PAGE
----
and had advanced but a short distance in a westerly direction before they drew a very heavy musketry fire from the enemy concealed in the timber. In the mean time I had wheeled my battalion to the left, so that I was fronting to the southwest. At this time the fire of the enemy was brisk and enfiladed nearly my whole line. At this moment Captain Moores, of Company K, commanding the skirmishers, and about 100 yards in advance on my right, beckoned to me with his sword, as if he desired to communicate important information, and I started him on a gallop, but had rode but a few steps when I saw him fall dead, shot through the head. From the course of the balls and the position which the enemy seemed to occupy I interpreted the information that Captain Moores desired to give to be that the enemy was passing to my rear by my right, my command at this time holding the right of the infantry of the whole army. These impression were immediately communicated to the general commanding the brigade, and I received orders to dislodge the enemy from the woods on my right. I at once changed the front of my battalion to the rear on the tenth company. this was done under a heavy fire of musketry in double-quick time, but with as much coolness and precision as if on ordinary battalion drill. This movement completed, i ordered the regiment forward at quick time until within about 150 paces of the enemy's line of battle at this point, when his fire was increased to a perfect shower of balls, and I gave the further command, "Forward 150 paces, double-quick!" This was executed in the most gallant and splendid manner. The regiment, in perfect line, with triumphant shouts, rushed forward against a most murderous fire, and when within 50 yards of the enemy's line he fled to the rear with the greatest precipitancy, receiving two or three full volleys from my regiment as he retired. Immediately after this was accomplished I receive your order to fall back and join Colonel Alexander (Fifty-ninth Indiana) on his right, which order was at once obeyed, and skirmishers thrown forward 100 paces to the front and around my right flank. It was now night, the men were exhausted, and obedient to orders, I moved to the first position held in the morning and bivouacked there at 11 p. m.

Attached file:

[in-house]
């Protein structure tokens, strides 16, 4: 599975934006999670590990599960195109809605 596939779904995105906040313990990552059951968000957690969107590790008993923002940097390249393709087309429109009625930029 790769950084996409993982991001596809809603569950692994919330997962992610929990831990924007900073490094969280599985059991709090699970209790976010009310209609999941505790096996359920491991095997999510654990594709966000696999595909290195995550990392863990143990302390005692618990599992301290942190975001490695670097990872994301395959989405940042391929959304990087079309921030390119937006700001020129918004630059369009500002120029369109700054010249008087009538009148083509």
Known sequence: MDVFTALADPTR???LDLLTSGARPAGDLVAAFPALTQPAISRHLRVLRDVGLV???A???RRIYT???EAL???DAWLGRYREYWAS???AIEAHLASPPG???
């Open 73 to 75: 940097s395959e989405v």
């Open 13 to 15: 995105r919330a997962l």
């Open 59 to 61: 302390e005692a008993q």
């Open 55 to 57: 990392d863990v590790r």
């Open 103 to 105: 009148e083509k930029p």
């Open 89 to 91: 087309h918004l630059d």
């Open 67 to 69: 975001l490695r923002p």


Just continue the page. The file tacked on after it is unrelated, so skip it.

During the day my loss was 1 commissioned officer and 1 private killed and 4 men wounded. The heat during the engagement of my command was most intense, said to be 108 in the shade, and more men were carried off the field on litters from the effects of sun-stroke than from wounds. Ammunition was distributed to the men, so that each had 75 rounds, between 11 and 1 o'clock at night, and at 1.30 I received your order to move my command to the right, across the Pittsburg and Hamburg road and about 100 yards to the rear, which was done at once, and the regiment stood to arms, fronting the north, for the remaining portion of the night.
My command remained in this position until 10.30 o'clock the following morning, when I received your order to move by the left flank into position on the ridge at my left, in support of the Eleventh Ohio Battery. This orders was at once executed, and my front changed to the west. I formed my regiment about 50 feet in rear of this battery, which masked the six center companies. These six companies were ordered by me to fix bayonets and charge the enemy whenever he should charge upon the battery. Two companies on the right and two on the left were moved forward to the line of the guns of the battery, with instructions to engage the enemy with musketry whenever he might appear and meet him with the bayonet in case of charge. The enemy retired from the ground covered by the battery and from the